In Please Give, Keener stars as Kate, who runs an antique furniture store in New York City with her husband Alex (Oliver Platt). The couple buy their items from the kids or grandkids of elderly folks who have just passed away and have no use for the dearly departed's possessions. This morbid approach to business extends to their home life as well, as they've purchased the apartment unit next to them and plan to expand as soon as its 91-year-old tenant, the perpetually grouchy Andra (Ann Morgan Guibert), passes away.

Tending to Andra is her sweet and shy granddaughter Rebecca (Rebecca Hall); doing her best to avoid the old lady is Rebecca's tart-tongued sister Mary (Amanda Peet). All of these folks have problems, although the focus is mainly on Kate: A bleeding heart liberal who gives homeless people 20-dollar bills, Kate realizes the capitalist nature of her enterprise and is having trouble reconciling her work with her spiritual needs.

With the exception of Rebecca, nobody in Please Give is a saint -- in fact, most can be downright infuriating -- but that, as always, is Holfcener's strength as a filmmaker. Compare these wonderfully flawed, beautifully insecure and wholly believable characters with the preprogrammed mannequins seen in such chowderheaded efforts as, say, The Back-Up Plan or Killers, and the contrast is startling. Holofcener doesn't dumb her women down, but neither does she put them on pedestals. Instead, she treats her females (and males) as real people, and that's the highest compliment she could give them.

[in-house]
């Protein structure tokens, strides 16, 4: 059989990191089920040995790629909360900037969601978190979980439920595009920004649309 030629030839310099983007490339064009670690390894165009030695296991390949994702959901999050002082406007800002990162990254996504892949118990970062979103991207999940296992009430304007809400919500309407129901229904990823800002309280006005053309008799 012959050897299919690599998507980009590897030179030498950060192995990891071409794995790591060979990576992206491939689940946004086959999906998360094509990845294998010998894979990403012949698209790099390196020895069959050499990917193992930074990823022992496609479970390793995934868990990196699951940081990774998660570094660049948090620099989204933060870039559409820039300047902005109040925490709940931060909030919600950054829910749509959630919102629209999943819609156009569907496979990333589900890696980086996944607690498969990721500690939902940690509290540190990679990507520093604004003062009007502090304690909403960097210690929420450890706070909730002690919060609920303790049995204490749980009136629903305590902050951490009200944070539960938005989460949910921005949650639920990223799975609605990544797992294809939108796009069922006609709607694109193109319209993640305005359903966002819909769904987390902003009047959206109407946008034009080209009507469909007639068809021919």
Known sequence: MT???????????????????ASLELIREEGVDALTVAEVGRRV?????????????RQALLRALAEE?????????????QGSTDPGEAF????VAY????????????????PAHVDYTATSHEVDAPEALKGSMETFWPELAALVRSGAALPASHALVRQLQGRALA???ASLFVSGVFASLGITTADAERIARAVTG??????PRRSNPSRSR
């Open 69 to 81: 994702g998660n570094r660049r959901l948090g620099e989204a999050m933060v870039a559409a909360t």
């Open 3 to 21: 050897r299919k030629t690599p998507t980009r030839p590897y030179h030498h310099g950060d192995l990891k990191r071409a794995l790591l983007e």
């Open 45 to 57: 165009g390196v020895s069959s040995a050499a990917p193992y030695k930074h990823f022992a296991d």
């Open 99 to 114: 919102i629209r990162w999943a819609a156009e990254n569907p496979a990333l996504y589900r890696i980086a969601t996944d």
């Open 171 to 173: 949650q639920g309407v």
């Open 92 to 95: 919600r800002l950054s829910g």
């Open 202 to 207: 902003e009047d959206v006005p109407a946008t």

Fans of classic monster movies will see Splice and of course immediately think of Frankenstein. Connoisseurs of modern horror-science fiction mixes will check it out and be reminded of such works as Species and David Cronenberg's take on The Fly. But who could have possibly guessed that the film that served as its primary inspiration was apparently Ron Howard's comedy-drama Parenthood?

OK, so I'm being facetious, but the truth is that what initially appears to be yet another picture in which mortals dare to play God by creating life turns out to be more layered than that. In Splice, scientists and lovers Clive Nicoli (Adrien Brody) and Elsa Kast (Sarah Polley), already successful with combining animal DNA to produce new life forms, opt to take their experiments even further by merging human and animal DNA. The result is a strange hybrid that, as with real infants, looks less sluggish and more humanoid as it grows older.

Initially unsure how to react, Clive and especially Elsa soon are treating the creature, now named Dren, as if she were their own child. And like any offspring, Dren (created through a seamless mix of special effects and actresses -- specifically, Abigail Chu in the toddler years and Delphine Chaneac in the teen-plus phase) sometimes has trouble with authority, to say nothing of the internal changes caused by being part human, part fish and part fowl.

A cleverly disguised expose on the challenges of parenthood, with riffs on abortion and the Electra complex thrown in for good measure, Splice is inventive enough that it's a real shame when it falls apart heading into the home stretch. A major plot development isn't sufficiently explored to be convincing (just as Re-Animator gave twisted new meaning to the expression "giving head," this scene creates a double entendre out of "getting into your work"), and the picture wraps up with the sort of conventional horror thrills and (snore) "ironic" ending that have pulled many a fine picture down. If director-cowriter Vincenzo Natali elects to splice together the body of this film with a new, better ending for the DVD release, I won't complain.